This article was proudly sponsored by Go RVing.

Growing up, camping was a big part of my life. As an active Boy Scout, I spent many of my favorite weekends in tents around a campfire. My family was also big into the outdoors, making the annual summer pilgrimage to upstate New York’s Thousand Islands’ region. In high school and college, most of my breaks were spent traveling with friends to concerts, either sleeping in our cars or staying somewhere nearby.

As an adult, though, those times seem like a distant memory as vacations get more luxurious and urban. As my children get older, it is becoming increasingly important to my wife and me that they have some of the same memorable camping and nature experiences I had with my family growing up.

We decided to remedy this with an impromptu five-day, 700-mile RV road trip through southern coastal New England. Starting in New Jersey, we drove through five states, stayed at a handful of campsites, saw plenty of local attractions, and met wonderful people along the way. RVing was a great way to ease the kids into nature as it offered a way to experience the outdoors, while still returning to a comfortable roof over our head. It proved to be a much more personal experience than your average, run-of-the-mill hotel.

Here are some snapshots from our first (and hopefully annual) RV road trip:

Our first stop was Mystic Aquarium, one of the nation's leading aquariums. Diverse sea life exhibits and interactive displays allowed us to get close to the marine life including petting stingrays, Steller sea lions, African penguins, Beluga whales, and many other aquatic creatures. From Mystic, Connecticut, we drove 80 miles southeast to our first campsite on the coast.

On recommendation from a local, we spent the night at Horseneck Beach State Reservation, located at the southernmost tip of eastern Massachusetts. One of the most popular parks on the east coast, the protected area features picturesque marshland along with an estuary teeming with flora and fauna to explore. The drive was a bit long, but the kids had brought plenty of coloring books and toys to entertain themselves.

The campgrounds were spacious and offered an incredible view of the Atlantic Ocean with two whole miles of beach practically all to ourselves. Having arrived at night, we knew we were in for a treat when we awoke to a stunning sunrise over the water, which we could see right from our RV bedroom. While we cooked breakfast in our warm digs (it was chilly out there), it was close enough we could keep a watchful eye on it from the window.

Brightly colored rocks lined the shore, ensuring the lapping, inviting water didn’t get too close to our campsite, but that didn’t stop us from walking the length of the beach. We spent the day collecting seashells, flying kites and soaking in every moment together.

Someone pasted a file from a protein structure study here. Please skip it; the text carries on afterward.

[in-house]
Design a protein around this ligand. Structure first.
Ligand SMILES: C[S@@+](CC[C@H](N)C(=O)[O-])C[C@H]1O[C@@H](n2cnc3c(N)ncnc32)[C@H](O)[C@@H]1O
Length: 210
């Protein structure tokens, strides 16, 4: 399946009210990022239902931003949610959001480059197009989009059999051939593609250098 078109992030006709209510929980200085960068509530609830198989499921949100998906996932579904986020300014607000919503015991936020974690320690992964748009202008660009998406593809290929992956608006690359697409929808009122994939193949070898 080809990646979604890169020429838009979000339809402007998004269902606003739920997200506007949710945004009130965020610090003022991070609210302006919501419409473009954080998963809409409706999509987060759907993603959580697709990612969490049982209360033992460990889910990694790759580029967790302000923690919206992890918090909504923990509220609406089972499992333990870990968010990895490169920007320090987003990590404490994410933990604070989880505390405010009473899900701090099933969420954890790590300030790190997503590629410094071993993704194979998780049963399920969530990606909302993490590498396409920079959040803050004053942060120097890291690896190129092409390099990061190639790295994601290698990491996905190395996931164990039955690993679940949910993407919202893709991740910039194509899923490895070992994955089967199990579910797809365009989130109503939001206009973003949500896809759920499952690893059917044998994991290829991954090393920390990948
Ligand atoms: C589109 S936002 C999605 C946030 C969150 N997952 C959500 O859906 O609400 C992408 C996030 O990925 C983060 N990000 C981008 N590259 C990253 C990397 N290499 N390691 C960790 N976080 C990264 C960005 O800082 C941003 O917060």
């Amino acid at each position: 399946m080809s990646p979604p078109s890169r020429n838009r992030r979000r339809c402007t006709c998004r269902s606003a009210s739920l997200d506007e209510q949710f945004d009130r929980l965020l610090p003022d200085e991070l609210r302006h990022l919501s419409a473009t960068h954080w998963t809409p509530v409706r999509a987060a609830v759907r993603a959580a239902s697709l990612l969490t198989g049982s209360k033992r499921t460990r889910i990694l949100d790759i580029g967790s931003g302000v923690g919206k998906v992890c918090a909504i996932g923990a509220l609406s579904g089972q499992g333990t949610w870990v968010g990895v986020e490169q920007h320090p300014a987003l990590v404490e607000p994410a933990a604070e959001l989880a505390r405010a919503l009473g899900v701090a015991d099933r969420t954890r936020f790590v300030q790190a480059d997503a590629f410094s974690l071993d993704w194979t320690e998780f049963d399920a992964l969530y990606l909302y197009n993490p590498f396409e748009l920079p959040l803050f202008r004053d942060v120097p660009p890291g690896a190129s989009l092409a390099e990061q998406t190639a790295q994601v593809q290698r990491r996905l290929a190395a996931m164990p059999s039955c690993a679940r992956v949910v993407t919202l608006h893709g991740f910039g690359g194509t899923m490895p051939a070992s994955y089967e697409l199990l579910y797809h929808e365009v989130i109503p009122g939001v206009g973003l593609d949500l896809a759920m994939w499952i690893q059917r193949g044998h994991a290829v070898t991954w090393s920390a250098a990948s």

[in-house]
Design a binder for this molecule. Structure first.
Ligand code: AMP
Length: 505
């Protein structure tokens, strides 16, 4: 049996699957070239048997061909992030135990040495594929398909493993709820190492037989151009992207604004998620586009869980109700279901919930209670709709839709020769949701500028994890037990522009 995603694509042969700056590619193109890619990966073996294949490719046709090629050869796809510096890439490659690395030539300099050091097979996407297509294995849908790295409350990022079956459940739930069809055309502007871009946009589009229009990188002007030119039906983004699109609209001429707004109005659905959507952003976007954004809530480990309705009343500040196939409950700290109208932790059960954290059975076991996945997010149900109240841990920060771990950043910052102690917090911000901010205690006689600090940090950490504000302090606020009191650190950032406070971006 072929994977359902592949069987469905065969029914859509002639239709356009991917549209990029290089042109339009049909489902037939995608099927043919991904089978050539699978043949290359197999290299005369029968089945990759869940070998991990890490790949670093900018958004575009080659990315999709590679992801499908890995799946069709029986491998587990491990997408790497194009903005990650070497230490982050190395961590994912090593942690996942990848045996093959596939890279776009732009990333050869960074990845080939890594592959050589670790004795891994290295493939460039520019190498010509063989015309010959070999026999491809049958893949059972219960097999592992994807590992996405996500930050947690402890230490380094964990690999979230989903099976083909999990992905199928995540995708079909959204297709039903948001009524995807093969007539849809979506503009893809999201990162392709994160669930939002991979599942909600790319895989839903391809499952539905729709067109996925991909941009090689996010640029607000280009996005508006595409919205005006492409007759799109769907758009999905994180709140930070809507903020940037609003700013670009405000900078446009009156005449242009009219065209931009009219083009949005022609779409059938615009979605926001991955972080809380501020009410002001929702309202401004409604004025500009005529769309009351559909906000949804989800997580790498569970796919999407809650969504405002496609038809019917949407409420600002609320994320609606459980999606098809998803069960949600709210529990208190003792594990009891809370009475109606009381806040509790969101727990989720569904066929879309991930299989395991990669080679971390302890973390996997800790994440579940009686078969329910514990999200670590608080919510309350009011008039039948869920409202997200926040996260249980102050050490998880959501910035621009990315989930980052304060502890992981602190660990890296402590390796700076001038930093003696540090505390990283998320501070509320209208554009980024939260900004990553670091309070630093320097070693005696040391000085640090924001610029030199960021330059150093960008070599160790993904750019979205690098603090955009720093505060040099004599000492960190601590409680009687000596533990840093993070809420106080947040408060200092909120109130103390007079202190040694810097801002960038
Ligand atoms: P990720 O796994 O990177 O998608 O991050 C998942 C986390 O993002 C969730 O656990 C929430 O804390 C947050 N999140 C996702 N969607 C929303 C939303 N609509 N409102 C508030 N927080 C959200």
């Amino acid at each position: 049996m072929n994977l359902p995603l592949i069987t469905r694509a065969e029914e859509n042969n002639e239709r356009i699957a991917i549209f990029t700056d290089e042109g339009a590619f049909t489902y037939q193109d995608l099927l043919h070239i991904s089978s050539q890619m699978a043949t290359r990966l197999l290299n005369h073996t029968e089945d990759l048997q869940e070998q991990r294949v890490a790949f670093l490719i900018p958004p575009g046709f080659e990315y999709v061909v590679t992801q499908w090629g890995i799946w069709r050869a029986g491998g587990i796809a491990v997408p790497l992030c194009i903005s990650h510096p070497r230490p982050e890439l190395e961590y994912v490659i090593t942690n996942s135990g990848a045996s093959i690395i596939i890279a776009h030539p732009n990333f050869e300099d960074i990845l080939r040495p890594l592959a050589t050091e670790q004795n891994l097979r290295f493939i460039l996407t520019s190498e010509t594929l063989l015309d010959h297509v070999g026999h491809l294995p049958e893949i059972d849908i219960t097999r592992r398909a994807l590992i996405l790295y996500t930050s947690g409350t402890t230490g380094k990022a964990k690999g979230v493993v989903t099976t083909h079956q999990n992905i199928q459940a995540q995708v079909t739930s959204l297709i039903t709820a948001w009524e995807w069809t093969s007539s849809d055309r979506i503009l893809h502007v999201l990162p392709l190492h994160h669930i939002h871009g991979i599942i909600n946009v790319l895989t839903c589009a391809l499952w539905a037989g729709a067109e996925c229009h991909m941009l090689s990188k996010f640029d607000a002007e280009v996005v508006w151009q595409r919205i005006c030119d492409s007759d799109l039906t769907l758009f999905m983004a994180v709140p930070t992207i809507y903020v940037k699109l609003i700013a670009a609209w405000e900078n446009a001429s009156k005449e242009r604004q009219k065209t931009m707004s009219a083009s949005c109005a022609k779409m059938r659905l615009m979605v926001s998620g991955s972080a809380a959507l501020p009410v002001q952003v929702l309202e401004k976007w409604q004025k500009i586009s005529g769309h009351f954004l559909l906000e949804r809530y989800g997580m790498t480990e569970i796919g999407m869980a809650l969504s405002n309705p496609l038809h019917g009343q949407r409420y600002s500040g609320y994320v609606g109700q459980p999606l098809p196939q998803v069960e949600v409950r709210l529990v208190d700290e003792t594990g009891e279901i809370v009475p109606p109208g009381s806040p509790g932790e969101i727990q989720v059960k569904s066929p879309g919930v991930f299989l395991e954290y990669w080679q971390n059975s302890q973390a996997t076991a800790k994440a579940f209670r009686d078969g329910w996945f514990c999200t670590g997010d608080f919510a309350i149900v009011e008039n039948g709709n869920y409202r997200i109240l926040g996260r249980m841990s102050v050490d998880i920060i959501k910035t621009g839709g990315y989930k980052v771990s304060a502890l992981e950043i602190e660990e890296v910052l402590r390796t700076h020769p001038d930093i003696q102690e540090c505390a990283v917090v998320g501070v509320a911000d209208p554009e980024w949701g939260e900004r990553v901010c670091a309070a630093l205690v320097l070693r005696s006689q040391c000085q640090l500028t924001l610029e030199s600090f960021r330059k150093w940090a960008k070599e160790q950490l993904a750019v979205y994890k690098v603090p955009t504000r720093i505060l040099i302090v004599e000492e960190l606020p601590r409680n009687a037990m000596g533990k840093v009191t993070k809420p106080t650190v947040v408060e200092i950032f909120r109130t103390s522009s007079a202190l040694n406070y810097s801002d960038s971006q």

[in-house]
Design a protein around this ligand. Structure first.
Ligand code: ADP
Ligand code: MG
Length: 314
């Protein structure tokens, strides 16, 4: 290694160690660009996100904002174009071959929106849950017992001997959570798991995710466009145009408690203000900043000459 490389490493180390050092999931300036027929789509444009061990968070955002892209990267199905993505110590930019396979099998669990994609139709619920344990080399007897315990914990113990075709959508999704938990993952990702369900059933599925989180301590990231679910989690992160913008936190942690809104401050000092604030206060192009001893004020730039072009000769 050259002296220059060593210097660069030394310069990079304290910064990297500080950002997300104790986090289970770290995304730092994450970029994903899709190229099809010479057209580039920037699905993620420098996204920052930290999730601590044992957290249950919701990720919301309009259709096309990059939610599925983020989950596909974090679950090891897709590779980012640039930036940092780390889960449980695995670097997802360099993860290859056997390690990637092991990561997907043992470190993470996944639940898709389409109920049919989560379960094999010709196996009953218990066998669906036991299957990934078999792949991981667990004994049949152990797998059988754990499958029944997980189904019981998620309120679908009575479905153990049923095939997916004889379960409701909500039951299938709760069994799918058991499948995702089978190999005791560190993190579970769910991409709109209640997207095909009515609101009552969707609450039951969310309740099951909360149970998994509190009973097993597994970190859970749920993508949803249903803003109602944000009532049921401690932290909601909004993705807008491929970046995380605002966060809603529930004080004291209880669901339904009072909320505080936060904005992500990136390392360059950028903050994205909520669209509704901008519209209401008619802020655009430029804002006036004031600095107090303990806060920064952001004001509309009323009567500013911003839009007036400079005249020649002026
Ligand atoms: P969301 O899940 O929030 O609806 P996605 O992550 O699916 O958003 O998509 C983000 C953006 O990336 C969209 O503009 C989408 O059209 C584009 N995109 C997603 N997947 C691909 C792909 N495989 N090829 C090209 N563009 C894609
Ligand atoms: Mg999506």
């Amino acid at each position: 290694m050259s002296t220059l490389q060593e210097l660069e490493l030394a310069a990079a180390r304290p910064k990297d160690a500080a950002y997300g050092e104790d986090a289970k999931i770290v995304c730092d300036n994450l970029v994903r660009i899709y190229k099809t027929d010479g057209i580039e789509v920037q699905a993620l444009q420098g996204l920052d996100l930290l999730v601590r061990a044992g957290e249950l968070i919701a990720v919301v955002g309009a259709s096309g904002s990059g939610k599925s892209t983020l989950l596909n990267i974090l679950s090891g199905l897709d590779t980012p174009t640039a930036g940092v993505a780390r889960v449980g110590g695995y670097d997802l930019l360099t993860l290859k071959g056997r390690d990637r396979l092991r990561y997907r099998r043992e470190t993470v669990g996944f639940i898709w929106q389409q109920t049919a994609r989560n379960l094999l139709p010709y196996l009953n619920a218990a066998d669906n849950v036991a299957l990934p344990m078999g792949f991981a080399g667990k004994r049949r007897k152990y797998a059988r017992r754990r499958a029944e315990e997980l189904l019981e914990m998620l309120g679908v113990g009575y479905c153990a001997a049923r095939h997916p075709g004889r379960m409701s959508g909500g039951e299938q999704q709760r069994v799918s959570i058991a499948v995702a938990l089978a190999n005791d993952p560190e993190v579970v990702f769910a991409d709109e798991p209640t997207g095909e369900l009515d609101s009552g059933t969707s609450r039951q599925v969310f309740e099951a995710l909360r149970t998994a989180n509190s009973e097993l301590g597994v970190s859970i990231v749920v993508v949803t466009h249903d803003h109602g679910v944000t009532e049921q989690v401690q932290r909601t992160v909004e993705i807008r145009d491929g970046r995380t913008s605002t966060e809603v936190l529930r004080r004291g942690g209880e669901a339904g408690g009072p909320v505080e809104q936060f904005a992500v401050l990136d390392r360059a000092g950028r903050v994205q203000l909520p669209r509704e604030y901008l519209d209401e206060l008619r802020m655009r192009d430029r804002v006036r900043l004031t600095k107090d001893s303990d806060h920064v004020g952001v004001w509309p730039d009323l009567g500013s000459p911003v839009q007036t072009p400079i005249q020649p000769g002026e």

Our last night at Horseneck Beach featured a spectacular sunset followed by a night of stargazing and listening to the sound of the tide gently wash the rocks ashore. The kids were wowed by the sky opening up, since we’re not often able to see the Milky Way from our suburban home.

Sad to depart, we bid adieu to the beach and headed up to Cape Cod. The wooded campsite was a nice change of pace and we became fast friends with our neighbors. The kids played as my wife and I learned about the area from our fellow RVers and were impressed by how welcoming and knowledgeable the community is. The campsite was located in North Truro, which offered easy access to nearby towns and attractions.

Highland Lighthouse also known as “Cape Cod’s First Lighthouse” was close to our basecamp, and we’d be remiss to tour New England without checking out at least one lighthouse. Despite having plenty of snacks on hand in our RV kitchen, patience was wearing thin so we decided to head to Provincetown for dinner and to see the sights.

A quaint town at the very tip of Cape Cod, independently owned shops like Happy Camper line Commercial Street. We walked up and down perusing the boutiques, people watching and sampling the local cuisine.

Outdoor dining at The Canteen included Lobster Rolls, oysters and a shrimp Banh-Mi, a feast of epic proportions highlighting all the local seafood delicacies. Olivia was feeling especially adventurous and took to trying oysters for the first time (she actually devoured nine of the dozen we ordered)!

Stuffed to the gills, we took to the streets to walk it off, sightseeing and checking out the coast. The shore is visible from many of the shops and restaurants, each offering a better photo op than the next. MacMillan Pier also offered beautiful views of the Cape Cod dunes, jetties and beaches.

Before returning home to bunk up for the night (our warm beds were calling), we stopped by the Providence Children’s Museum. The kids were able to play and get hands-on with many exhibits, including imaginative fairy houses and tall tales. Who says you can’t mix camping, culture and education?

Our last day was spent at Riverdale Farm Campsites in Connecticut. A family owned and operated campsite on the grounds of a colonial farm, it was an incredibly unique place to go off the grid for a bit. Nestled between a winding country road and the meandering Hammonasset River, the campsite was incredibly family-friendly and offered numerous recreational activities like tennis, swimming, fishing, and more. We wished we had more time to take advantage of all the amenities, but our trip had come to an end and we vowed to return.

The kids were sad to leave, but we’re looking forward to our next RV adventure very soon. My wife and I have already started researching our next family trip out west later this summer. Because you know what they say – the family that RVs together, stays together.